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2009 – 2013 Corvette C6.R GT2

ALMS GT2 / GT / GTE Class 2009-2013

Chevrolet Corvette C6.R GT2

The Corvette C6.R was introduced to the world in 2005, as both the motorsports testbed of the forthcoming C6 Z06 and C6 ZR1, and as an out and out GT race car. It had two major specs for the two major events it always entered: GT1 (or, as it was renamed, GTE) at Le Mans, and GT2 (or as it was renamed, GTE-Daytona) for the Daytona 24 Hours and IMSA Series races.

The C6.R ZR1 GT2, if you were to use its full name, was the model used in the last four years before the Corvette C7.R was introduced, and had a slick sequential manual operated by paddles that was combined with the rear differential to create a rear transaxle. This style of transaxle eventually made it into the road-going Corvette, especially the Grand Sport and ZR1 of the C7 generation.

In terms of engine power, three different engines were used throughout the C6.R lifetime. The GT1 spec for Le Mans used a 7.0 liter LS7.R engine, producing a chunky 590 HP. This  GTE and GT2 specs were introduced by a 6.0 liter LT5.R for 2009, and a 5.5 liter LT5.R from 2010 to 2013. The GT2 spec engine produced about 470 HP, depending on altitude and temperatures at race time. As well, neither the LS7.R or LT5.R engines had superchargers, as they were too large in displacement to warrant forced induction in either racing spec.

The Chevrolet Corvette C6.R GT (also known as the Corvette C6.R ZR1) was the race-going equivalent of the Chevrolet Corvette C6 ZR1. The C6.R GT was constructed by Pratt & Miller and ran by Corvette Racing to compete in the GT2 class (later renamed GT in ALMS and GTE Pro at Le Mans) of the American Le Mans Series and the 24 Hours of Le Mans. The GT2 version of the C6.R was built in 2009 and made its debut half way through the ALMS season. With the global financial crisis affecting the automotive industry hard, the GT2 class was a cheaper and more competitive option for Corvette Racing, especially seeming the competition in the GT1 class had diminished. The GT2 C6.R showed good pace on its debut however the rules would restrain it from being as dominate as its GT1 counterpart.

Original Press Release

Corvette Racing will open a new chapter with the competition debut of the next-generation Corvette C6.R at the Mid-Ohio Sports Car Course on August 6-8. In anticipation of a single GT class in 2010, Corvette Racing will test and develop the latest Corvette C6.R in the GT2 category in the final five rounds of the 2009 American Le Mans Series. With the upcoming move to a unified GT category, the twin Compuware Corvette C6.R race cars will compete against rivals representing Ferrari, Porsche, BMW, Aston Martin, Jaguar, Viper, Panoz, and Ford.

Based on the Corvette ZR1 supercar, the next-generation Corvette C6.R has even stronger links to the production version of America’s performance icon than its predecessors. The GT2 rules require the use of many production-based components, expanding the opportunities for the two-way transfer of technology between the race track and the showroom. The updated Corvette C6.R utilizes the ZR1’s body design, aerodynamic package, aluminium frame and chassis structure, steering system, windshield, and other components. The race team has prepared the cars for the rigors of endurance racing with safety and performance modifications as permitted by the GT2 rules.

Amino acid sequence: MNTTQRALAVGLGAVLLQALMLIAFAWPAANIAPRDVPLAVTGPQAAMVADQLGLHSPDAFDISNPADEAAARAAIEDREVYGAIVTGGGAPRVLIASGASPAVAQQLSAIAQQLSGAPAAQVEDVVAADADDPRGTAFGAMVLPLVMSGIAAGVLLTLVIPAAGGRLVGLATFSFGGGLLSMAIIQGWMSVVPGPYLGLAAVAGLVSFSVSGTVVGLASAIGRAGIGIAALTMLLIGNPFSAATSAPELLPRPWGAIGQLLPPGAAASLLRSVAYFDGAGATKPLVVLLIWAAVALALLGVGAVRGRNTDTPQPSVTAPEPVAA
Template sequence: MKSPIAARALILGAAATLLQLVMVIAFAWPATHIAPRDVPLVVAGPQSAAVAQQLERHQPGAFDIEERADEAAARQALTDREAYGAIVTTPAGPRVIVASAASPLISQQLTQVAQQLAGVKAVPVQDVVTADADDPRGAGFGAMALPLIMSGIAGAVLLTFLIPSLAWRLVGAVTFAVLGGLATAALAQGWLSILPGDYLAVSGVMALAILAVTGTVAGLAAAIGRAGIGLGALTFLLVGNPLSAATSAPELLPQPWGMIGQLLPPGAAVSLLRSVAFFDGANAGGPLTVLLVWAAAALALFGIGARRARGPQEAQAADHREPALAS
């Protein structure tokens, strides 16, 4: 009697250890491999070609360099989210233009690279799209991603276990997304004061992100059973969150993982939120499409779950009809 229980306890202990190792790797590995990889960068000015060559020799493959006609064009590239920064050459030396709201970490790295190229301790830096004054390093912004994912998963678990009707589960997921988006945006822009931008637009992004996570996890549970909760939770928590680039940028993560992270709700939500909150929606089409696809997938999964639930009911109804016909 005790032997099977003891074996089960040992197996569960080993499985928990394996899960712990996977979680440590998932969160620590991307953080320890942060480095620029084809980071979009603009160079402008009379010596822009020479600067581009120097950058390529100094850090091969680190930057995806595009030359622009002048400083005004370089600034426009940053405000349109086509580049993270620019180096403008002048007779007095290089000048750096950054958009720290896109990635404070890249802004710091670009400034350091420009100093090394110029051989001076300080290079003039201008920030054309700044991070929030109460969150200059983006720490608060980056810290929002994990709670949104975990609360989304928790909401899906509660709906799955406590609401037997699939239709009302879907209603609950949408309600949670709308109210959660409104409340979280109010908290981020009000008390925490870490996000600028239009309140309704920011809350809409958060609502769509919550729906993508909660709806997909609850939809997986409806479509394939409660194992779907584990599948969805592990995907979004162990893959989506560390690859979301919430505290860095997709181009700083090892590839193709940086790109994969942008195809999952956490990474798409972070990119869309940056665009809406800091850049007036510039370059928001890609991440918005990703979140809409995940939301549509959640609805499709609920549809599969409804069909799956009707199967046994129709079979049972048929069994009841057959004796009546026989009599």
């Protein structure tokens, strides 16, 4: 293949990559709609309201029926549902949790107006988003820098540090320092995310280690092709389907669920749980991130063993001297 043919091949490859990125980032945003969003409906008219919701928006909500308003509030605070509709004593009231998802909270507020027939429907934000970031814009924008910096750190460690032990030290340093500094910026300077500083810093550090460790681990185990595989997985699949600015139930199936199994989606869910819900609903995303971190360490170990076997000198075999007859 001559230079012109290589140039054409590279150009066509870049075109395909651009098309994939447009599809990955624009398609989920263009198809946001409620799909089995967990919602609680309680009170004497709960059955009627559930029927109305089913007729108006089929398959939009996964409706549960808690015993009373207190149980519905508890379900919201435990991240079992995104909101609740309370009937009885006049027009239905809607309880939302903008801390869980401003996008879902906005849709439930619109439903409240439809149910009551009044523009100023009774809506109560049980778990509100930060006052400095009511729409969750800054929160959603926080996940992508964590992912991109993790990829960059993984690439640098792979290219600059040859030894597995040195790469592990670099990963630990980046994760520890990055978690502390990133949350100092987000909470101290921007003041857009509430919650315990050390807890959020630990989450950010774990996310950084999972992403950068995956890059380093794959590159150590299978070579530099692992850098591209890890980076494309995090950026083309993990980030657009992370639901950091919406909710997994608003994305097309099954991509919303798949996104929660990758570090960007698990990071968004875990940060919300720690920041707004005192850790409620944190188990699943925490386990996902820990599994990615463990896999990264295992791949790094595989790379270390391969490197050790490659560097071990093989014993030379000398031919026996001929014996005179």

“One of the many benefits of the Corvette Racing program has been the opportunity to demonstrate the technology transfer between the race car and the production car,” said Mark Kent, GM Racing manager. “The global movement toward a single GT class will allow us to compete head-to-head with more marketplace competitors while increasing both the production content of the Corvette C6.R race cars and the relevance of racing to our customers. This is a step that positions Corvette for the future of production-based sports car racing worldwide, and a move that is perfectly aligned with GM’s marketing and business objectives in racing.”

Previous versions of the Corvette C5-R and C6.R race cars have dominated the GTS and GT1 categories in the last decade, winning 77 races and eight consecutive ALMS championships. The GT1 Corvettes were retired following Corvette Racing’s sixth victory in the 24 Hours of Le Mans on June 14, 2009.

“In our decade in GT1, our primary focus has been on racing victories and the validation of the Corvette as a world-class sports car,” said Tadge Juechter, Corvette chief engineer. “As an authentic way to communicate to knowledgeable customers, nothing beats racing. As a cost-effective means to improve vehicle performance, nothing beats racing. These are the reasons racing is in Corvette’s DNA.

“Behind the scenes, the race team and the production car team have grown closer together, finding numerous ways to support each other and to make both cars better,” Juechter said. “Most automotive companies give lip service to claims like ‘racing improves the breed’ or ‘race on Sunday, sell on Monday’. For team Corvette, it is a daily reality. It is now impossible to imagine one team without the other.”

The upcoming GT regulations required a comprehensive redesign of the Corvette C6.R package. In place of the GT1 Corvette’s steel frame, the GT2 version utilizes the production ZR1’s hydroformed aluminium frame as the foundation for a fully integrated tubular steel safety cage. The GT1 version’s wide, louvered fenders are replaced by production-based ZR1 fenders with wheel flares. In accordance with the aerodynamic regulations, the rear wing is reduced 25 percent in width, the diffuser is a flat panel without fences or strakes, and the splitter extends only as far as its production ZR1 counterpart. Steel brake rotors have replaced the carbon discs used previously, and the wheels are aluminium instead of magnesium. The adjustable steering column and steering rack are sourced from the street Corvette.

“Integrating a steel safety cage that meets GM Racing’s stringent standards as well as the strength and durability targets required in racing is a challenge with an aluminium frame,” explained Corvette Racing engineering director Doug Louth. “Working in conjunction with the structure and chassis engineers in the Corvette production group, we designed, built and tested numerous examples before we finalized the configuration. We went through a similar process with the production Corvette group on the body design and aero components. It was truly a collaborative effort between the production engineers and the race team.”